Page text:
Lesson 1: Pre-coding


In Unit 2, you begin your introduction to web design techniques. By now you may already have ideas about what you want your web pages to look like. However, a more important first question is: "What do I want my web page to say?" In Unit 2 we will be focusing entirely on content (i.e., figuring out what we want to say). Later, in Unit 3, we'll focus on how we want to present that message visually.

The heart of this design philosophy is the notion that content and structure must be kept separate from presentation. When this is true, the content and structure of a web page can be delivered to all sorts of web-enabled devices, not confined by browser, operating system, screen size, or type of device. The same content can be presented in different ways for these different devices and configurations, but it's still the same content.

In the current unit, you will construct a website that will serve as a portfolio for displaying the work that you complete in this course. This portfolio will continue to play a key role throughout the course.

You will begin with the nuts and bolts of web page development: coding in HTML. However, before you code there is some planning to do. Just as there are pre-writing steps that ought to be done prior to writing an essay there are pre-coding steps to do before you code a website. Planning ahead will reduce the number of mistakes you'll make while constructing the site. This will save you time, and in the world of work, it will save you or your employer money.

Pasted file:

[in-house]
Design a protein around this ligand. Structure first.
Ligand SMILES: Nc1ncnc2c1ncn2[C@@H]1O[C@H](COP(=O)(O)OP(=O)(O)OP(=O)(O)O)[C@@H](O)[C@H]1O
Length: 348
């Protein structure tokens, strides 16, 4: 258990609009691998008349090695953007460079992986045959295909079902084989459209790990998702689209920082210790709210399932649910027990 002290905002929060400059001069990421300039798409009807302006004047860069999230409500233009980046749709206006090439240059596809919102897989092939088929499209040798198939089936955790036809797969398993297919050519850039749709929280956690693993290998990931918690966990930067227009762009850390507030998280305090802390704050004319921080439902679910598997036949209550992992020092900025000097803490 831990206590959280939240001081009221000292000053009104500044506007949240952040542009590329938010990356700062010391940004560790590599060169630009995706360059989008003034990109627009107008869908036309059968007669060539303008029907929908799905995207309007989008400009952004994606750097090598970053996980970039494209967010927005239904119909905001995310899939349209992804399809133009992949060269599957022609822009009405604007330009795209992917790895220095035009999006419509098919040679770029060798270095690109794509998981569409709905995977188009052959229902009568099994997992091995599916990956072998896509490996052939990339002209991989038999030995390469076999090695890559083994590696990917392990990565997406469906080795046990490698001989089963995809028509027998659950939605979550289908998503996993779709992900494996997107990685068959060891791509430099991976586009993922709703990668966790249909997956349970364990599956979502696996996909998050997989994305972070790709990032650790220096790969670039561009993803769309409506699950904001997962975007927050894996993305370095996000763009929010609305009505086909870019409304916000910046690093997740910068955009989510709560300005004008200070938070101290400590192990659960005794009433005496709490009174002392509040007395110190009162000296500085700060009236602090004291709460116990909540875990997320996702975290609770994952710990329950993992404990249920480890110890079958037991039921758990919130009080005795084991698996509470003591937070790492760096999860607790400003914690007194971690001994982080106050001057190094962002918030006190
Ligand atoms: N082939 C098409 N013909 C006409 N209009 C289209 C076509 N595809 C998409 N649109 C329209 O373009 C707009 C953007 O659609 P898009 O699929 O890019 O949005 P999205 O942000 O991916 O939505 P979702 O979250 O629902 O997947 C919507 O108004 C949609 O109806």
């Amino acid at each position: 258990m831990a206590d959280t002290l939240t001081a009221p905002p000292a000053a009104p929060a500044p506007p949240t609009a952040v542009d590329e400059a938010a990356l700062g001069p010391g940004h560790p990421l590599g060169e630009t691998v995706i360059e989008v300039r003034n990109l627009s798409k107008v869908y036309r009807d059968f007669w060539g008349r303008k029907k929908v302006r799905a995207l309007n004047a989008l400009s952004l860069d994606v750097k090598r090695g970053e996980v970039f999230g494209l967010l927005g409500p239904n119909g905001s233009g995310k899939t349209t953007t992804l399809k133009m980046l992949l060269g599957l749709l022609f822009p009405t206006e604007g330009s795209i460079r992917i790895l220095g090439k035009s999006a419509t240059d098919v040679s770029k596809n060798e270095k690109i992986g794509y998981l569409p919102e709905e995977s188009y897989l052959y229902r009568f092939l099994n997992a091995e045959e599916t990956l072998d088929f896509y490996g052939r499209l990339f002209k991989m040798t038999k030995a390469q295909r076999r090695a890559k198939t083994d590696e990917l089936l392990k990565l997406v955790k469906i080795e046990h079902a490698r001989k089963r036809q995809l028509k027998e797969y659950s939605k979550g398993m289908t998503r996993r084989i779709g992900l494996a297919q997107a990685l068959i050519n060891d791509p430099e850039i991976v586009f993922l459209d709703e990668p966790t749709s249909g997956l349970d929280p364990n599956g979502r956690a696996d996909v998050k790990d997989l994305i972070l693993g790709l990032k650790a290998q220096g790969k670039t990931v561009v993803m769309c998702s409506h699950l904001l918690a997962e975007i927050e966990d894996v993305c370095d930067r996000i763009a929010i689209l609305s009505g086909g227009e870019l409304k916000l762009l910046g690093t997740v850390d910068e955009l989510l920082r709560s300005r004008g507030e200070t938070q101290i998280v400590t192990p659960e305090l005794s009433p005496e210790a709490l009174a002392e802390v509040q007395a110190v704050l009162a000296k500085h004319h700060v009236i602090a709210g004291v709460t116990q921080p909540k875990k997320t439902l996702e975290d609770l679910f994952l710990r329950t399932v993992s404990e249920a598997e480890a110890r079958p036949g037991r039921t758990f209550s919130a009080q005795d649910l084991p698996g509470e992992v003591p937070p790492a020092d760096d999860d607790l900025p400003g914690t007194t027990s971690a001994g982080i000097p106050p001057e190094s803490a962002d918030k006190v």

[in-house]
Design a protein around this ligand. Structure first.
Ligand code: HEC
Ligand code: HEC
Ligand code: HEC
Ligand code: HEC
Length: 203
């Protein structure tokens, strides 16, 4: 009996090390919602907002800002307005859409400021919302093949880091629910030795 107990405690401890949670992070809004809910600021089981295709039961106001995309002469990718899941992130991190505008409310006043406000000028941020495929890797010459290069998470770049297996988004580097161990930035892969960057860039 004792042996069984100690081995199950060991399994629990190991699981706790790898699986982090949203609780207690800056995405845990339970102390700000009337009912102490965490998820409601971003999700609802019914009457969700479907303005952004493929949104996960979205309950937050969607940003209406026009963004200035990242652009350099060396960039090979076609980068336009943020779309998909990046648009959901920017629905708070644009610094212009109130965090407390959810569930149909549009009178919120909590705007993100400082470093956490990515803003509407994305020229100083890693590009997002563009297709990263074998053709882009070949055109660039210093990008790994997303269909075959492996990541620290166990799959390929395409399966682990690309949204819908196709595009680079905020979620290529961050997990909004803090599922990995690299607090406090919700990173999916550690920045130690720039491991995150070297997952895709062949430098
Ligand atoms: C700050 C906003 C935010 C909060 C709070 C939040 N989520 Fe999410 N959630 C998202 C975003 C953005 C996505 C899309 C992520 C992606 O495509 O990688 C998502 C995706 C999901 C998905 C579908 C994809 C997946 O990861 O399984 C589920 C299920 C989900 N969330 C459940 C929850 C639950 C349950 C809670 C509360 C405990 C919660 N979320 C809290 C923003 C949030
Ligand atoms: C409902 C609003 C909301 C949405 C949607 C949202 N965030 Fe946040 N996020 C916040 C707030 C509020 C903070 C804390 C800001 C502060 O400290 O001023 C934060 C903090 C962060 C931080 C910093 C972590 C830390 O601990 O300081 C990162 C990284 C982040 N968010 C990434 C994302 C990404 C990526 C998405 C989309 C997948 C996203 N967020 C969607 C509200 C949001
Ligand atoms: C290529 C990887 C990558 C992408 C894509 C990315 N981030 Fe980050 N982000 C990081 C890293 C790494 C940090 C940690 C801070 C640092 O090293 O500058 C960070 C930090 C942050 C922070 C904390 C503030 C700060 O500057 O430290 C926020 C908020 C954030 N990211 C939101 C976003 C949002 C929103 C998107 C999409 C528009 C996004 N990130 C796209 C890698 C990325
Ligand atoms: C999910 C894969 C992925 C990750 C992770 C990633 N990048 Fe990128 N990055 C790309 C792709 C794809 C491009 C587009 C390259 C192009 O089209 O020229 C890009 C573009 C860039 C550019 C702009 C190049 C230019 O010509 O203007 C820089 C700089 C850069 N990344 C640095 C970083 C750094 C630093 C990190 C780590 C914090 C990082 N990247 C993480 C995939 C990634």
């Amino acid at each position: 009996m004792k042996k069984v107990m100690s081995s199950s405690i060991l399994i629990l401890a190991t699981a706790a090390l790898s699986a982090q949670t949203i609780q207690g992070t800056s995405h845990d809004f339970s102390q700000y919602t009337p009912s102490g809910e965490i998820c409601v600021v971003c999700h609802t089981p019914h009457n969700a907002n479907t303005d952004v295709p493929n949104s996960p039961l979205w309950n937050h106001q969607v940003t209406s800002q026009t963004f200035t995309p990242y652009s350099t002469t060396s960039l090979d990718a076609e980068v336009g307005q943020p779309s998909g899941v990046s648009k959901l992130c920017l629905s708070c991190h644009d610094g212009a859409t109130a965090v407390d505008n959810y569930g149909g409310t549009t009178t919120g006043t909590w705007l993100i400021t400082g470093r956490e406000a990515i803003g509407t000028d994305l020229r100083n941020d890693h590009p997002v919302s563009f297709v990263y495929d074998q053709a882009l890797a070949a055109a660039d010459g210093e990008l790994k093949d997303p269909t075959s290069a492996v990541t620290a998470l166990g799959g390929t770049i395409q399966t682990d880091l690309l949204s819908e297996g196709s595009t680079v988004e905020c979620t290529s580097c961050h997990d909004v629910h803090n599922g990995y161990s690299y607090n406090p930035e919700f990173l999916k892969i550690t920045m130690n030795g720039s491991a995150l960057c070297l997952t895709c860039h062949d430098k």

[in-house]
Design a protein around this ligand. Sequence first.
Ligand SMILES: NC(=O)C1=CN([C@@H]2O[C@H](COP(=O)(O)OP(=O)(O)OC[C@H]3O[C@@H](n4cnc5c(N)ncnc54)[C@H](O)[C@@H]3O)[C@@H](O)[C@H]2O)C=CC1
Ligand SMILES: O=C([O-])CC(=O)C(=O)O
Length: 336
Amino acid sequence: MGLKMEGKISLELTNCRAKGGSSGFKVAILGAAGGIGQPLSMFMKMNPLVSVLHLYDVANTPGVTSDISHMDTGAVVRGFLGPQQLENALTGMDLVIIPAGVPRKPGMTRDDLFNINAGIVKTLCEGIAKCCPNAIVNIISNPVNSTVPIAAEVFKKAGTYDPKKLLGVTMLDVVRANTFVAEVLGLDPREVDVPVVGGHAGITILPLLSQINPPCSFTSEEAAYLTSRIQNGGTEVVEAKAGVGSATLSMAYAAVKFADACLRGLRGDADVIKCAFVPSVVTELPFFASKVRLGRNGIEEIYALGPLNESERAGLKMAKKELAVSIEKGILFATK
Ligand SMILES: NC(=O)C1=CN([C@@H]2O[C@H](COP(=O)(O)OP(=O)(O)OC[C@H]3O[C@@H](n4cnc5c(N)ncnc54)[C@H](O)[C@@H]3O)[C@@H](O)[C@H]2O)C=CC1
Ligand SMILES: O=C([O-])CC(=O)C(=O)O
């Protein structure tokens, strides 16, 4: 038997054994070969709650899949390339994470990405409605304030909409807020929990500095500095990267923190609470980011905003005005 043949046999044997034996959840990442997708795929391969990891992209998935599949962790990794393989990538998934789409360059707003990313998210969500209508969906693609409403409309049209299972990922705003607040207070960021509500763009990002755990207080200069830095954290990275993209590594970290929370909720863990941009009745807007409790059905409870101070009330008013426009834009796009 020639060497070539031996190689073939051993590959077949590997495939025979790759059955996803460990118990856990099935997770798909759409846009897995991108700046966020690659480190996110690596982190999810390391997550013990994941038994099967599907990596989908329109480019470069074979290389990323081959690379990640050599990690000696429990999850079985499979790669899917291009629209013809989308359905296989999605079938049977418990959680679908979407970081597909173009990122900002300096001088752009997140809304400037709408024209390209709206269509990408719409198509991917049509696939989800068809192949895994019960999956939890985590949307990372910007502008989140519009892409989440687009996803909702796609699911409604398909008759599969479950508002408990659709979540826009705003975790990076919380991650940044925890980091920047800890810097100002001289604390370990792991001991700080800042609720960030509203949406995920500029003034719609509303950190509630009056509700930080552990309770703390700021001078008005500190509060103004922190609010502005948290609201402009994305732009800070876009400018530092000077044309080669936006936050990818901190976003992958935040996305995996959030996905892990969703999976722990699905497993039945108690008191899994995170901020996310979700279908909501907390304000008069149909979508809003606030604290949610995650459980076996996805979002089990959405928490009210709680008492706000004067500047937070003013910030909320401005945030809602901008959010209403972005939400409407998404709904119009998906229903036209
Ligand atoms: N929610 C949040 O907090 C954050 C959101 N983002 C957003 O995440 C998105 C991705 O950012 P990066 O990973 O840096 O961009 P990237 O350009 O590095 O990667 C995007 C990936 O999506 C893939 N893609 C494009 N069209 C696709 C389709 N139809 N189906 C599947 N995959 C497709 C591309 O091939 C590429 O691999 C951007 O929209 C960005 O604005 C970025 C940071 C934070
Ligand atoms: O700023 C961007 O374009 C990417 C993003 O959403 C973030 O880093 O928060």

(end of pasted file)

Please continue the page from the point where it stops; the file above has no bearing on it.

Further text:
Learner Outcomes

At the completion of this exercise:


The following are the initial pre-coding steps to take in preparing to design your web portfolio site.

  1. Consider the site's purpose. If you are clear about the site's purpose (to sell, to inform, to entertain, etc.) and who you are communicating to, you are much more likely to create a better site. For this web portfolio the purpose is simply to inform an audience about what skills you are developing. At first, the audience may only be your instructor, but you may want make it more general so that it could be modified into a resume, in which case the audience would include prospective employers.
  2. Sketch the homepage. Before sitting down to a computer it is sensible to make a sketch on paper of the content of your website. Start with the home page, since the home page serves as the portal through which most other site content is accessed. This should be an outline of content only - remember that at this point in the design process we're not so interested in how the page will appear visually. That comes later. In your sketch be sure to include at least each of these essential elements:
    • A main heading that reads "Web Portfolio"
    • A block of text containing information about you. At a minimum this should include your name and email address.
    • A block of text containing information about the course. This might include information such as the name of the course, teacher, section, school, and year.